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Ursinia speciosa (Cape daisy)

The Cape daisy is native to southern Africa and is cultivated for its bright orange to yellow flowerheads.

Yellow flower heads of Cape daisy

Ursinia speciosa in the Palm House Parterre at Kew Gardens.

Species information

Scientific name: 

Ursinia speciosa DC.

Common name: 

Cape daisy, parachute daisy, Namakwa ursinia, Namakwa daisy

Conservation status: 

Not threatened.

Habitat: 

Fynbos (shrubland or heathland vegetation in coastal and mountainous areas with winter rainfall and a Mediterranean climate).

Key Uses: 

Ornamental.

Known hazards: 

None known.

Taxonomy

Subclass: 
Superorder: 
Asteranae
Order: 
Asterales
Family: 
Compositae/Asteraceae
Genus: Ursinia

About this species

Ursinia speciosa is one of about 40 species of Ursinia from southern Africa. It is popular in cultivation as a result of its brightly coloured flower heads. The genus Ursinia was named in honour of Johann Ursinus of Regensburg (1608-1666), who was the author of Arboretum Biblicum.

Cape daisies can sometimes be seen covering large areas of land where the natural biodiversity has been destroyed, and hence, although the swathes of flowers are attractive, they may be indicators of a damaged landscape.

Genus: 
Ursinia

Discover more

Geography and distribution

Dried specimen of Ursinia speciosa collected in South Africa.

Cape daisy is native to southern Africa (Namibia, Northern Cape Province and Western Cape Province), where it grows at 150 to 900 metres above sea level, but is also found elsewhere as a garden escape.

Description

Overview: Ursinia speciosa is an erect or procumbent (trailing along the ground) annual herb with a woody base and striped stems. It grows up to 1 m high and has feathery, fern-like, strongly-scented leaves.

Flowerheads: The bright orange to yellow compound flowerheads (known as capitula) are solitary and are held above the leaves on long stalks. The flowerheads are about 6 cm in diameter and have purplish-black centres.

Flowers: There are about 20 yellow to orange (rarely whitish), sterile ray florets in a ring around the outside of the flower head. The bisexual disc florets in the centre of the flowerhead are yellowish with black lobes.

Fruits: The achenes (fruits) are angular, 5-ribbed, hairless and about 2.5 mm long. Each fruit is shed with its pappus which, acting like a tiny parachute, helps to disperse them. The pappus consists of 5 white scales obscuring 5 bristle-like segments in the centre.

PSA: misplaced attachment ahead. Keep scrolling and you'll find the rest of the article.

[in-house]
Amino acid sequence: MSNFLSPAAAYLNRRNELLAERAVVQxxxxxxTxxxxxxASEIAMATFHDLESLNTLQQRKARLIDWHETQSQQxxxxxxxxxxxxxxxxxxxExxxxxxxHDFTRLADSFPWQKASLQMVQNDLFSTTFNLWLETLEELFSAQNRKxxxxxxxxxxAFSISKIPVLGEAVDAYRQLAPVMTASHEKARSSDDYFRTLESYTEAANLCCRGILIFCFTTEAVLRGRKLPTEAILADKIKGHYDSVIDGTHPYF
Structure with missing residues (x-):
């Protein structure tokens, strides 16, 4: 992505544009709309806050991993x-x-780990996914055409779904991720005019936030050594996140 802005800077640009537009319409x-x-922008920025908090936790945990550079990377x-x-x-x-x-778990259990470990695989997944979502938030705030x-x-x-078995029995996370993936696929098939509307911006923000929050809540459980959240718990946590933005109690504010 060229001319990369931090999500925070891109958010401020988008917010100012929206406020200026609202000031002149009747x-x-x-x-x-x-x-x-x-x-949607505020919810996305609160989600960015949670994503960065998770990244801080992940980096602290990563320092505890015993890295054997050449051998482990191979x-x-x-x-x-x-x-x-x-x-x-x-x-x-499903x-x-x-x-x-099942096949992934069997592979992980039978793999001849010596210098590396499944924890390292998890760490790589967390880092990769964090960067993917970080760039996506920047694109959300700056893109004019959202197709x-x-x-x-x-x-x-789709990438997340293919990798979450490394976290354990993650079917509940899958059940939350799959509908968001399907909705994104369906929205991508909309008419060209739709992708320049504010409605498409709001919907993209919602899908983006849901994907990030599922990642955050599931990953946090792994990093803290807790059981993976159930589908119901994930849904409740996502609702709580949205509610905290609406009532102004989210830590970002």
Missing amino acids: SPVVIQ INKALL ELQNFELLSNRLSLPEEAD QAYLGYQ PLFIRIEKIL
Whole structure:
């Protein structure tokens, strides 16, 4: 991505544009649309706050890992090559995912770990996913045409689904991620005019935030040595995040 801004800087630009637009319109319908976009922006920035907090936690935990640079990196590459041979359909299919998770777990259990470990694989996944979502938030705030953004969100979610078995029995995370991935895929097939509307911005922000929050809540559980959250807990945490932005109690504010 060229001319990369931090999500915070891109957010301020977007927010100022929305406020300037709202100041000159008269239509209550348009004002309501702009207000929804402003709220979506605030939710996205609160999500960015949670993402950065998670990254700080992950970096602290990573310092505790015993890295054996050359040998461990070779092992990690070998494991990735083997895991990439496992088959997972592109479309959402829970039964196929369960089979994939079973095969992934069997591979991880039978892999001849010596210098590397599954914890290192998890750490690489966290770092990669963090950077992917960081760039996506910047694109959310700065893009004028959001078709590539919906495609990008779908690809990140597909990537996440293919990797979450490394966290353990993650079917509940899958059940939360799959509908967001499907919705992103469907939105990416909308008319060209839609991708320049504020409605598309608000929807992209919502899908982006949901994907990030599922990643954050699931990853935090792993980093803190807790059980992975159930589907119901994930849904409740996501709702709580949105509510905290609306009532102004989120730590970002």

Uses

Ursinia speciosa can be planted as an ornamental for bedding, in rock gardens or on slopes, and in hanging baskets.

Millennium Seed Bank: Seed storage

Kew's Millennium Seed Bank Partnership aims to save plant life world wide, focusing on plants under threat and those of most use in the future. Seeds are dried, packaged and stored at a sub-zero temperature in our seed bank vault.

Description of seeds: Average 1,000 seed weight = 1.6 g
Number of seed collections stored in the Millennium Seed Bank: One

Fruit of Ursinia speciosa (Photo: Elly Vaes)

Cultivation

This half hardy annual is easy to grow and will flower profusely for several months, until cut down by frost. It is popular in cultivation for its bright flowerheads.

The Cape daisy at Kew

Pressed and dried and spirit-preserved specimens of U. speciosa are held in the Herbarium, one of the behind-the-scenes areas of Kew. The details, including images, of some of these can be seen in the on-line Herbarium Catalogue.

View details and images of specimens

References and credits

Kew Science Editor: Nicholas Hind
Copyediting: Emma Tredwell

While every effort has been taken to ensure that the information contained in these pages is reliable and complete, the notes on hazards, edibility and suchlike included here are recorded information and do not constitute recommendations. No responsibility will be taken for readers’ own actions.

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